1. Yes, that was one of the things that made me angry – that I’d actually invested time in sending them my work, then waiting and hoping. There was nothing on their website to indicate any sort of vanity aspect to the publishing. And the contract is very cunningly written – even though I knew what I was looking for, I had to read it several times before I found the bit where I had to pay money up front. So it was a lesson to do my research, that’s for sure.

      1. Oh yes – I went back through their website and there’s no mention of it whatsoever – it was only by going through Writer Beware and similar threads that I found out about them and their practices.

      2. Oh, it’s really interesting. They list agents and publishers and other related businesses who are shonky, so it’s a good resource. There are a few other similar sites but that’s the main one. When I googled this Publisher’s name they came up as ‘not recommended’ and then there were several tales of woe from writers who had lost a lot of money plus rights to their work.

      3. How awful! If that’s not illegal I don’t know what it… how do they get away with it? How do they sleep at night? Shonky. .. what the hell kind of word is that??? I l love it!

      4. Yes – and yet when I declined, they sent me a very nice response email. So there you go – I suppose they just think it’s business as usual.
        And shonky? It’s a great word, isn’t it? LOL 😀

  4. Thanks for sharing this cautionary tale, and I’m glad you weren’t taken in. There are publishers like that over here, too, and it’s handy to know how they operate. A good friend of mine paid AUD$2,000 to an agent—not even a publisher—just to send her manuscript out to publishers. All to no avail.

    I’m glad your self-publishing experience has been a good one, as it’s a courageous decision to make. 🙂

    1. Oh, that’s awful – your poor friend. There are a few helpful sites online, such as Writer Beware, which list scams like that plus publishers and agents to avoid – the experience was certainly a good lesson for me.
      And yes, self-publishing has been great! I love having creative control, as Ambeth is very dear to me. I’ll still keep submitting in the future, but for this series I want to be in the driving seat 🙂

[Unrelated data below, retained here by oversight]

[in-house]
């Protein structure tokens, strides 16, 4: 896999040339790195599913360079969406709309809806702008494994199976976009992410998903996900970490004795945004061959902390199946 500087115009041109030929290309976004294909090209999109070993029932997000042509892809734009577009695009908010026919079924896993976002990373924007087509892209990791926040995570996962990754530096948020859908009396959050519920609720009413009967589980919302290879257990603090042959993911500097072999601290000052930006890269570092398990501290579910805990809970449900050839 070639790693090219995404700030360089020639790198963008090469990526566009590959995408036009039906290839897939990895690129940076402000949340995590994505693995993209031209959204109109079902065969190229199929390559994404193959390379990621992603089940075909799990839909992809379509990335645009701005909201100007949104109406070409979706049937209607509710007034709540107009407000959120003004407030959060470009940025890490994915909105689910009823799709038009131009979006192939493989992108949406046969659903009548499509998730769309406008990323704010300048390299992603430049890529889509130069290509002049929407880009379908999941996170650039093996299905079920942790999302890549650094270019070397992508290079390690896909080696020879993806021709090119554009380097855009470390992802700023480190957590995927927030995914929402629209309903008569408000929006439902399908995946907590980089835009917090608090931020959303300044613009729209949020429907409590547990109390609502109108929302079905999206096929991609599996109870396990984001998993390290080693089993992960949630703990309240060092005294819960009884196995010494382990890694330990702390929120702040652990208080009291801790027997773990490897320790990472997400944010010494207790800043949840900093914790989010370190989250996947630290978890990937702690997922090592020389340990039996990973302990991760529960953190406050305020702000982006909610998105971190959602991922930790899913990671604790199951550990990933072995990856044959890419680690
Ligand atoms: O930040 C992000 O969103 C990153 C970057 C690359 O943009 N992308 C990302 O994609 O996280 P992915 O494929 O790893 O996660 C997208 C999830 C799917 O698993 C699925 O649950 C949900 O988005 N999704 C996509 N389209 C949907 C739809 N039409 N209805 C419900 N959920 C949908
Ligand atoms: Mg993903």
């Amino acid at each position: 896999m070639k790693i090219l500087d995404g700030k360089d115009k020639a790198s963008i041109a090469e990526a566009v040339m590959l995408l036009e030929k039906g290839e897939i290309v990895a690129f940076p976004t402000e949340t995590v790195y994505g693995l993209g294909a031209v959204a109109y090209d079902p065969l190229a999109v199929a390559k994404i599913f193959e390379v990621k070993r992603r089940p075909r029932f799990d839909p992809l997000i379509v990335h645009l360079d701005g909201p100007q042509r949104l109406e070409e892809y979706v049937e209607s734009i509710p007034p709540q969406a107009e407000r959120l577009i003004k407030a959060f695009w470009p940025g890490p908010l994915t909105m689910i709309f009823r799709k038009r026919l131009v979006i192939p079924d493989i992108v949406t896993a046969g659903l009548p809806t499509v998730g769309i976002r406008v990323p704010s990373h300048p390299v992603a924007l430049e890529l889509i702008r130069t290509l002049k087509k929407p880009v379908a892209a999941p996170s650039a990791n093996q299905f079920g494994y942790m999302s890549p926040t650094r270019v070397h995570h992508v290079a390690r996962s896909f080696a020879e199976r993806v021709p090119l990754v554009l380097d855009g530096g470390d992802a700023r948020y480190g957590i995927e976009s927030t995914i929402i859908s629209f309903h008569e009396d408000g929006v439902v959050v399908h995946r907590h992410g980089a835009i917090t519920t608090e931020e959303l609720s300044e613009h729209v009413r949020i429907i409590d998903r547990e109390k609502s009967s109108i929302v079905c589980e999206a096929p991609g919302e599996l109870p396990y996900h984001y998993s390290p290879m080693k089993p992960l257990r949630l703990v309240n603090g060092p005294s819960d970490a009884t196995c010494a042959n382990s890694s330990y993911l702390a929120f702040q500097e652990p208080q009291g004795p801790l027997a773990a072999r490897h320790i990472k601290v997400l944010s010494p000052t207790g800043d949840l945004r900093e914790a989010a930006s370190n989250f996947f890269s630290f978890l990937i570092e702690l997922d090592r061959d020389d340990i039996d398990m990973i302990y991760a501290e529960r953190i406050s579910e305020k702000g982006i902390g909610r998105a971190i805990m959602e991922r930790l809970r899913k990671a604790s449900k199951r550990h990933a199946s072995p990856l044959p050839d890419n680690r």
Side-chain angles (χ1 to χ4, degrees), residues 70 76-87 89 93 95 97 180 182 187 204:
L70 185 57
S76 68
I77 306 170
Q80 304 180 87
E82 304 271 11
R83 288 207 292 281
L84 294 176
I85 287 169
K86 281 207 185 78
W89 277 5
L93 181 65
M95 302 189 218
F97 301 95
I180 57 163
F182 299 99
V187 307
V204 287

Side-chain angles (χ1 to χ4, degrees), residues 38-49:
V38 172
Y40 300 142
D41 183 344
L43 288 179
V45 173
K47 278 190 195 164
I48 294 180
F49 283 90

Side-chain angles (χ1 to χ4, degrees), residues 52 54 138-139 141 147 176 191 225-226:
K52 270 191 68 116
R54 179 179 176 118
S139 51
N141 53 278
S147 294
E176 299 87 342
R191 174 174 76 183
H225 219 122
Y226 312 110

1. Oh wow, what’s your mom’s book about? That’s so cool 🙂 And yes, there are a lot of scams out there – basically, if someone wants money to read, publish or agent your work, it’s a scam. Writer Beware is a very good resource for researching agents and publishers etc – basically, if you’re self-publishing, the only things you would spend money on are editing/formatting, cover design and advertising, all of which can be outsourced. However, I would also check editor credentials before working with them, as I’ve heard some horror stories there too. Good luck to your mom – it’s a great achievement! 🙂

  5. God horror stories. I am so torn about whether to even try and trad publish, I know so little and it’s all so far away I can’t really comprehend it.

    Really REALLY useful post though, thank you.

    What was the workshop? How did u find it?

    1. There are horror stories out there, unfortunately, but there are also some really good resources on the web for research, including writer forums. They certainly helped me in this instance, and taught me to always double and triple check everything! I’m planning on self-publishing the rest of my Ambeth series, but will still be submitting other work to agents. So don’t lose heart – there’s a big community with lots of support out there :-).
      And the workshop was run by Bloomsbury at their London Offices – it was a day long seminar including lunch where several agents took us through the process of cover letters, synopses and blurbs – what they are looking for, their likes and dislikes etc. It was really interesting and valuable knowledge, plus I connected with a few other writers on the day which was nice. Then at the end we got a ten minute pitch with the agent of our choice – I was woefully unprepared and so stuffed it up completely – d’oh! But I take it as a sign I wasn’t ready and chalk it up to experience. 🙂

    1. It was a real turning point for me, Graeme, and made the decision to self-publish very easy indeed. And, even though it’s a tough road, I’m enjoying the creative control 🙂